In a recent report out of The Lancet: Public Health, published by Dr. Ahmedin Jemal, Ph.D., and colleagues from the American Cancer Society, it was shown that millennials are twice as likely as the generations before them to develop obesity-related cancers. These cancers, such as colorectal, kidney and pancreatic cancers are increasing at an alarming rate in this population.
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The study used incidence data for invasive cancers among people aged 25–84 years diagnosed from 1995 to 2014. They looked at the incidence rate for 30 types of cancer, including 12 that are linked to obesity. Cancer diagnoses increased for 6 of 12 obesity-related cancers (multiple myeloma, colorectal, uterine corpus, gallbladder, kidney, and pancreatic cancer) in young adults, aged 25–49 years, with steeper rises in successively younger generations.
The reason(s) behind these data are yet to be elucidated, yet there are some theories and a number of questions. First off, what is the link between obesity and cancer in the first place? According to the American Cancer Society, obese individuals can have chronic low-levels of inflammation. That is, they are undergoing inflammation constantly. This chronic inflammation can go on to damage cellular DNA, which can lead to cancer. Furthermore, other obesity-related diseases could lead to cancer on their own. Another link is that obese individuals have more fat tissue and fat tissue produces excess amounts of estrogen. These high levels have been associated with increased risks of breast, endometrial, ovarian, and some other cancers.
There are several other biological theories linking obesity to cancer. But what about the link to the increase in obese-related cancers in young people? One potential mechanism could be that individuals born during the 1980s (the beginning of the millennial births) experienced potentially key developmental life stages for obesity during the beginning phases of the "obesity epidemic". Earlier and longer-lasting exposure to excess fat at such a young age could potentially increase the chances of becoming obese as they age, and then going on to developing obesity-related cancers.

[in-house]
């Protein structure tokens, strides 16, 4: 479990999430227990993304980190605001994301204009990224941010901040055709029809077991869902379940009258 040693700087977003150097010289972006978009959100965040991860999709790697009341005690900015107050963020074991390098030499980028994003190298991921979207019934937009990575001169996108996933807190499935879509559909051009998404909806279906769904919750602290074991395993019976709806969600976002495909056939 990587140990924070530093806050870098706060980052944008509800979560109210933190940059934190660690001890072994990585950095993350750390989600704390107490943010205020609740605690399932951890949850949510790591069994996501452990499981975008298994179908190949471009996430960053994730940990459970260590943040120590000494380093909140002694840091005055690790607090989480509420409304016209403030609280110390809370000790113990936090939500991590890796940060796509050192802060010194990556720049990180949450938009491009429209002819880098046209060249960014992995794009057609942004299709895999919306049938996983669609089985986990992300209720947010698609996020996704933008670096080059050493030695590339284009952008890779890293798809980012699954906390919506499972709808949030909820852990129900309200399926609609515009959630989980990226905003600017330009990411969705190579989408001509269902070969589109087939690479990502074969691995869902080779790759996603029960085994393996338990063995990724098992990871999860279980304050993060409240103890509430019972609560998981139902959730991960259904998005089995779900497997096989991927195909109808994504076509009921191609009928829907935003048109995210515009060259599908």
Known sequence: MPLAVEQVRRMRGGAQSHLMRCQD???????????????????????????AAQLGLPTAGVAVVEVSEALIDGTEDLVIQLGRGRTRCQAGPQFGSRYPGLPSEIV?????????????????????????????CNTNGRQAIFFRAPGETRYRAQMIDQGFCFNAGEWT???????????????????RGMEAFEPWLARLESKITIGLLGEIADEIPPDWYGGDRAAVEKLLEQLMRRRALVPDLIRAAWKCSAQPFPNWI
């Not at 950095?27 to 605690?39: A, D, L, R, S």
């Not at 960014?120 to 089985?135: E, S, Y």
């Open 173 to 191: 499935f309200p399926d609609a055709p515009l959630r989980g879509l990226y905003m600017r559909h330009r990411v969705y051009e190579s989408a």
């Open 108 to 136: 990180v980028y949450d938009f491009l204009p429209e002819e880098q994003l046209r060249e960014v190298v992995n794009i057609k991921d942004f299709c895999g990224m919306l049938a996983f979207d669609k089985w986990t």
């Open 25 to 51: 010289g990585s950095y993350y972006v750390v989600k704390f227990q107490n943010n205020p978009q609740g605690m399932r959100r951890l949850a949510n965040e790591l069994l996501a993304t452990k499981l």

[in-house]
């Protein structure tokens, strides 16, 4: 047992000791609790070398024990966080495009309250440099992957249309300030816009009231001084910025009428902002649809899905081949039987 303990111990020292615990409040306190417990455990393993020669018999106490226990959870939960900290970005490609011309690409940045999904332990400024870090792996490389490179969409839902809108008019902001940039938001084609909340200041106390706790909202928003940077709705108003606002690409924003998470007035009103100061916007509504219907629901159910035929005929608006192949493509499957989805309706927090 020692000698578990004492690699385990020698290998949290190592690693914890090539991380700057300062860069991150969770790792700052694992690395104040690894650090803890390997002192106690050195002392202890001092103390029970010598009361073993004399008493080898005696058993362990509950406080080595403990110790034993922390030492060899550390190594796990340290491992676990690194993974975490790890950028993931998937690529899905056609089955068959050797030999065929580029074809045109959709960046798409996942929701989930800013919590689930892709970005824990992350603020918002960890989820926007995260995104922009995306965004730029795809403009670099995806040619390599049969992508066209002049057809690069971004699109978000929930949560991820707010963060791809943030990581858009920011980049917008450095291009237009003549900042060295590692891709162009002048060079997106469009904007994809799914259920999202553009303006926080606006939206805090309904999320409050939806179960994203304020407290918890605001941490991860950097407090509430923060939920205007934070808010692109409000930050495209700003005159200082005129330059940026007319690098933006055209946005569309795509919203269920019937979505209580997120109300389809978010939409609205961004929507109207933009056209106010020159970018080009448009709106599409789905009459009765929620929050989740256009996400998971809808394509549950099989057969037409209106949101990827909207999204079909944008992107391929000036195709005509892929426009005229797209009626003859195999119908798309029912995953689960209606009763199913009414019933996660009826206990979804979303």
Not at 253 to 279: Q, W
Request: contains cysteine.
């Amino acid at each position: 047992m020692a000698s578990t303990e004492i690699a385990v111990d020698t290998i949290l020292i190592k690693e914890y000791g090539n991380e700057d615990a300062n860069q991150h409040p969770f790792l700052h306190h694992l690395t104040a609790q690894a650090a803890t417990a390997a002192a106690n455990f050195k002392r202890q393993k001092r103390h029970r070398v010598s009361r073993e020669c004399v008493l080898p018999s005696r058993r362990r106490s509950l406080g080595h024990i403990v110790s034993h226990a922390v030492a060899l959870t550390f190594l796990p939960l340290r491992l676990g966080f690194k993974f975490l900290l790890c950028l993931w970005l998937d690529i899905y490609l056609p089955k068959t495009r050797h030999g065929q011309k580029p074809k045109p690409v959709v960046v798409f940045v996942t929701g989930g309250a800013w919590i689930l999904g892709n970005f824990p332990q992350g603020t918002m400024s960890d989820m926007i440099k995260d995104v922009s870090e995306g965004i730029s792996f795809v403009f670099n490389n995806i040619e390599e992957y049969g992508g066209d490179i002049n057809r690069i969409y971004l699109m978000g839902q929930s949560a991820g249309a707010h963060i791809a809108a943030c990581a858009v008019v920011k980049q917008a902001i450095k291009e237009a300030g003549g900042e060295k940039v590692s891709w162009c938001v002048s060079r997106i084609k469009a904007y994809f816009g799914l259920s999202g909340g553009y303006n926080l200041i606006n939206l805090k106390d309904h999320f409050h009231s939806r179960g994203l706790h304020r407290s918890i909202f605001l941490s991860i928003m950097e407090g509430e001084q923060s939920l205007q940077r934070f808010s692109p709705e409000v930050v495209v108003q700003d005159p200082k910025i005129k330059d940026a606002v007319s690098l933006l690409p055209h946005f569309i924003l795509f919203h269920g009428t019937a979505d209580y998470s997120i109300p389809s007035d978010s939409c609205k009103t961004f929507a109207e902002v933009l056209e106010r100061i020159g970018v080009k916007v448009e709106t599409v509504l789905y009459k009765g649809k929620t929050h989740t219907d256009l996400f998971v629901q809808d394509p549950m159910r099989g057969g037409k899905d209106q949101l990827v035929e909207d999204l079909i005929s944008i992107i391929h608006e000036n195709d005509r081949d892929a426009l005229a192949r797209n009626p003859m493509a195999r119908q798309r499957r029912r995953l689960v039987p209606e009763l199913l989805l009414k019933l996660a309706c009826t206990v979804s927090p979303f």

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The recent report also discussed how rates for the development of obese-related cancer in young people today are similar to the rates of cancer development in older generations. More alarmingly, the report also states that this rate is climbing for younger and younger adults. In adults aged 30 years and older in the USA, excess bodyweight could account for up to 60% of all endometrial cancers, 36% of gallbladder cancers, 33% of kidney cancers, 17% of pancreatic cancers, and 11% of multiple myelomas according to another report in 2014.
The current report concluded that this increase in obesity-related cancers in young people has significant practical public health implications, especially for health-care providers and policymakers. As the millennials age, will they be more at risk for certain cancers that the older generation of today? They advise that we ramp up our efforts to screen children and adults for obesity and body-weight indexes. According to Dr. Jemel, "The future burden of these cancers could worsen as younger cohorts age, potentially halting or reversing the progress achieved in reducing cancer mortality over the past several decades".